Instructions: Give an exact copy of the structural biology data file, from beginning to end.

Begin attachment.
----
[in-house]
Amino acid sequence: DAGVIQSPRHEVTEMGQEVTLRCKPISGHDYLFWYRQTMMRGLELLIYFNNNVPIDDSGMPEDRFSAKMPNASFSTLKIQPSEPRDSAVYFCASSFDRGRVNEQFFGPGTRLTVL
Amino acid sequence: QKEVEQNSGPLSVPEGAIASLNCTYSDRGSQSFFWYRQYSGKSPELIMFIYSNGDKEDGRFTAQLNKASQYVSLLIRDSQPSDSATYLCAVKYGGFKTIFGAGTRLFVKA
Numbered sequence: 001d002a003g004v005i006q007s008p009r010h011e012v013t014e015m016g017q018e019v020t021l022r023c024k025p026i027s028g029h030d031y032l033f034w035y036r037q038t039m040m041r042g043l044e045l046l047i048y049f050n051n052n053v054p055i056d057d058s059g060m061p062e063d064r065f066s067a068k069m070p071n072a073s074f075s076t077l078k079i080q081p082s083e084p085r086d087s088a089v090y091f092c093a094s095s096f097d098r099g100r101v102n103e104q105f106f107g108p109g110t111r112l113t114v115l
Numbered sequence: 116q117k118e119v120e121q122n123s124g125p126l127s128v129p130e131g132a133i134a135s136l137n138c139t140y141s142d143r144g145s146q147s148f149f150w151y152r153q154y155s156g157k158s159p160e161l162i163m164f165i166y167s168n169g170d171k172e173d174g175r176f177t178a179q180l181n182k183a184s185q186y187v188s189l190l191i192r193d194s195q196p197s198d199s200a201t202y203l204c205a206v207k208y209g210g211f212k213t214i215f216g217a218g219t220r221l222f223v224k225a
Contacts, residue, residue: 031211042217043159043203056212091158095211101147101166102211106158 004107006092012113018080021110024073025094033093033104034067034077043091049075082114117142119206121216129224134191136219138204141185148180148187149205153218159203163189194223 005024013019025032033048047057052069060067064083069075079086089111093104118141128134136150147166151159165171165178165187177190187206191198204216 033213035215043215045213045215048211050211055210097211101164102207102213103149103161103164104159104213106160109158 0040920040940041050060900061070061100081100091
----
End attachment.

[in-house]
Amino acid sequence: DAGVIQSPRHEVTEMGQEVTLRCKPISGHDYLFWYRQTMMRGLELLIYFNNNVPIDDSGMPEDRFSAKMPNASFSTLKIQPSEPRDSAVYFCASSFDRGRVNEQFFGPGTRLTVL
Amino acid sequence: QKEVEQNSGPLSVPEGAIASLNCTYSDRGSQSFFWYRQYSGKSPELIMFIYSNGDKEDGRFTAQLNKASQYVSLLIRDSQPSDSATYLCAVKYGGFKTIFGAGTRLFVKA
Numbered sequence: 001d002a003g004v005i006q007s008p009r010h011e012v013t014e015m016g017q018e019v020t021l022r023c024k025p026i027s028g029h030d031y032l033f034w035y036r037q038t039m040m041r042g043l044e045l046l047i048y049f050n051n052n053v054p055i056d057d058s059g060m061p062e063d064r065f066s067a068k069m070p071n072a073s074f075s076t077l078k079i080q081p082s083e084p085r086d087s088a089v090y091f092c093a094s095s096f097d098r099g100r101v102n103e104q105f106f107g108p109g110t111r112l113t114v115l
Numbered sequence: 116q117k118e119v120e121q122n123s124g125p126l127s128v129p130e131g132a133i134a135s136l137n138c139t140y141s142d143r144g145s146q147s148f149f150w151y152r153q154y155s156g157k158s159p160e161l162i163m164f165i166y167s168n169g170d171k172e173d174g175r176f177t178a179q180l181n182k183a184s185q186y187v188s189l190l191i192r193d194s195q196p197s198d199s200a201t202y203l204c205a206v207k208y209g210g211f212k213t214i215f216g217a218g219t220r221l222f223v224k225a
Contacts, residue, residue: 031211042217043159043203056212091158095211101147101166102211106158 004107006092012113018080021110024073025094033093033104034067034077043091049075082114117142119206121216129224134191136219138204141185148180148187149205153218159203163189194223 005024013019025032033048047057052069060067064083069075079086089111093104118141128134136150147166151159165171165178165187177190187206191198204216 033213035215043215045213045215048211050211055210097211101164102207102213103149103161103164104159104213106160109158 0040920040940041050060900061070061100081100091